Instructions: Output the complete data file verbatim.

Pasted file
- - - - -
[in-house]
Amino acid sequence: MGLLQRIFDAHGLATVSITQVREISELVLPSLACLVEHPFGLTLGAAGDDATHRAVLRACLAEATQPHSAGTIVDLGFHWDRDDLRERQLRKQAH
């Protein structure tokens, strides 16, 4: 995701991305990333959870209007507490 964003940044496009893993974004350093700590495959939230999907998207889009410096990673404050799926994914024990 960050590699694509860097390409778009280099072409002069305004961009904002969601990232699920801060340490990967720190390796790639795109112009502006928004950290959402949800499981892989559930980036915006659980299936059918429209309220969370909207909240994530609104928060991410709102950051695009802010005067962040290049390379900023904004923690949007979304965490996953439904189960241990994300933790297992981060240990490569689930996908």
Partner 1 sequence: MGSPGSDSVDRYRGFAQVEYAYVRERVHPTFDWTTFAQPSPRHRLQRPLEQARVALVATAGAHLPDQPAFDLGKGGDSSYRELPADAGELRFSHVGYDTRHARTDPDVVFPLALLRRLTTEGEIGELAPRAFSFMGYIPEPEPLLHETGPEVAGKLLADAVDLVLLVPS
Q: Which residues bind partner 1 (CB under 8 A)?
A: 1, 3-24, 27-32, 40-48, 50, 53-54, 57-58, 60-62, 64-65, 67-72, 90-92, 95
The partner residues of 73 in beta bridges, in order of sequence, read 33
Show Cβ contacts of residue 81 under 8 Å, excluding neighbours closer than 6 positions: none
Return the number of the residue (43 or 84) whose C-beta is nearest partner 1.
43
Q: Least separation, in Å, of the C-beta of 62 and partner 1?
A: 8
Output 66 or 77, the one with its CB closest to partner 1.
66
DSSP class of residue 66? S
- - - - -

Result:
[in-house]
Amino acid sequence: MGLLQRIFDAHGLATVSITQVREISELVLPSLACLVEHPFGLTLGAAGDDATHRAVLRACLAEATQPHSAGTIVDLGFHWDRDDLRERQLRKQAH
């Protein structure tokens, strides 16, 4: 995701991305990333959870209007507490 964003940044496009893993974004350093700590495959939230999907998207889009410096990673404050799926994914024990 960050590699694509860097390409778009280099072409002069305004961009904002969601990232699920801060340490990967720190390796790639795109112009502006928004950290959402949800499981892989559930980036915006659980299936059918429209309220969370909207909240994530609104928060991410709102950051695009802010005067962040290049390379900023904004923690949007979304965490996953439904189960241990994300933790297992981060240990490569689930996908």
Partner 1 sequence: MGSPGSDSVDRYRGFAQVEYAYVRERVHPTFDWTTFAQPSPRHRLQRPLEQARVALVATAGAHLPDQPAFDLGKGGDSSYRELPADAGELRFSHVGYDTRHARTDPDVVFPLALLRRLTTEGEIGELAPRAFSFMGYIPEPEPLLHETGPEVAGKLLADAVDLVLLVPS
Q: Which residues bind partner 1 (CB under 8 A)?
A: 1, 3-24, 27-32, 40-48, 50, 53-54, 57-58, 60-62, 64-65, 67-72, 90-92, 95
The partner residues of 73 in beta bridges, in order of sequence, read 33
Show Cβ contacts of residue 81 under 8 Å, excluding neighbours closer than 6 positions: none
Return the number of the residue (43 or 84) whose C-beta is nearest partner 1.
43
Q: Least separation, in Å, of the C-beta of 62 and partner 1?
A: 8
Output 66 or 77, the one with its CB closest to partner 1.
66
DSSP class of residue 66? S